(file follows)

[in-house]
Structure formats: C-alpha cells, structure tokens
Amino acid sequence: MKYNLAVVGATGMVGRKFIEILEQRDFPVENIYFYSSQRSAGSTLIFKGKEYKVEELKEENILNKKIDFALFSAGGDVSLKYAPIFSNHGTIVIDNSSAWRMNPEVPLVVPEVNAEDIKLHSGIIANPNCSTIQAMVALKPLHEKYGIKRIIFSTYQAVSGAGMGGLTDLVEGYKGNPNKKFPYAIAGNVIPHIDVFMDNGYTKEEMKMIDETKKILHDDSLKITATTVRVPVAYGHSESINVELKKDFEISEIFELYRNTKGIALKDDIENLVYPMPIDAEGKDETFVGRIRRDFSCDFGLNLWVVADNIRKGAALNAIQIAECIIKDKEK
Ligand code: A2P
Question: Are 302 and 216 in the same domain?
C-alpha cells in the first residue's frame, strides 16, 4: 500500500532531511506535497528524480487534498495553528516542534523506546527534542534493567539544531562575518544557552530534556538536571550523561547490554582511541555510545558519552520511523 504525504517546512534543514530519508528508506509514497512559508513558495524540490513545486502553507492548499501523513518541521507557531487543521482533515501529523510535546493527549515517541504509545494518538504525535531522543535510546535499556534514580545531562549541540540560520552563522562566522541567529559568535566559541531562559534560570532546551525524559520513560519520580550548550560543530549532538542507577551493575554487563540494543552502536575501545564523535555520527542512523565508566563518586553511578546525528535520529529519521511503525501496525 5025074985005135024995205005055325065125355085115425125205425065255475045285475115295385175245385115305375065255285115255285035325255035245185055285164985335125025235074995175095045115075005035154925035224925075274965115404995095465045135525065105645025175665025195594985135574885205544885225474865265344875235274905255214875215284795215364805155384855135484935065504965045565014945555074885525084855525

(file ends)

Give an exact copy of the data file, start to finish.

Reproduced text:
[in-house]
Structure formats: C-alpha cells, structure tokens
Amino acid sequence: MKYNLAVVGATGMVGRKFIEILEQRDFPVENIYFYSSQRSAGSTLIFKGKEYKVEELKEENILNKKIDFALFSAGGDVSLKYAPIFSNHGTIVIDNSSAWRMNPEVPLVVPEVNAEDIKLHSGIIANPNCSTIQAMVALKPLHEKYGIKRIIFSTYQAVSGAGMGGLTDLVEGYKGNPNKKFPYAIAGNVIPHIDVFMDNGYTKEEMKMIDETKKILHDDSLKITATTVRVPVAYGHSESINVELKKDFEISEIFELYRNTKGIALKDDIENLVYPMPIDAEGKDETFVGRIRRDFSCDFGLNLWVVADNIRKGAALNAIQIAECIIKDKEK
Ligand code: A2P
Question: Are 302 and 216 in the same domain?
C-alpha cells in the first residue's frame, strides 16, 4: 500500500532531511506535497528524480487534498495553528516542534523506546527534542534493567539544531562575518544557552530534556538536571550523561547490554582511541555510545558519552520511523 504525504517546512534543514530519508528508506509514497512559508513558495524540490513545486502553507492548499501523513518541521507557531487543521482533515501529523510535546493527549515517541504509545494518538504525535531522543535510546535499556534514580545531562549541540540560520552563522562566522541567529559568535566559541531562559534560570532546551525524559520513560519520580550548550560543530549532538542507577551493575554487563540494543552502536575501545564523535555520527542512523565508566563518586553511578546525528535520529529519521511503525501496525 5025074985005135024995205005055325065125355085115425125205425065255475045285475115295385175245385115305375065255285115255285035325255035245185055285164985335125025235074995175095045115075005035154925035224925075274965115404995095465045135525065105645025175665025195594985135574885205544885225474865265344875235274905255214875215284795215364805155384855135484935065504965045565014945555074885525084855525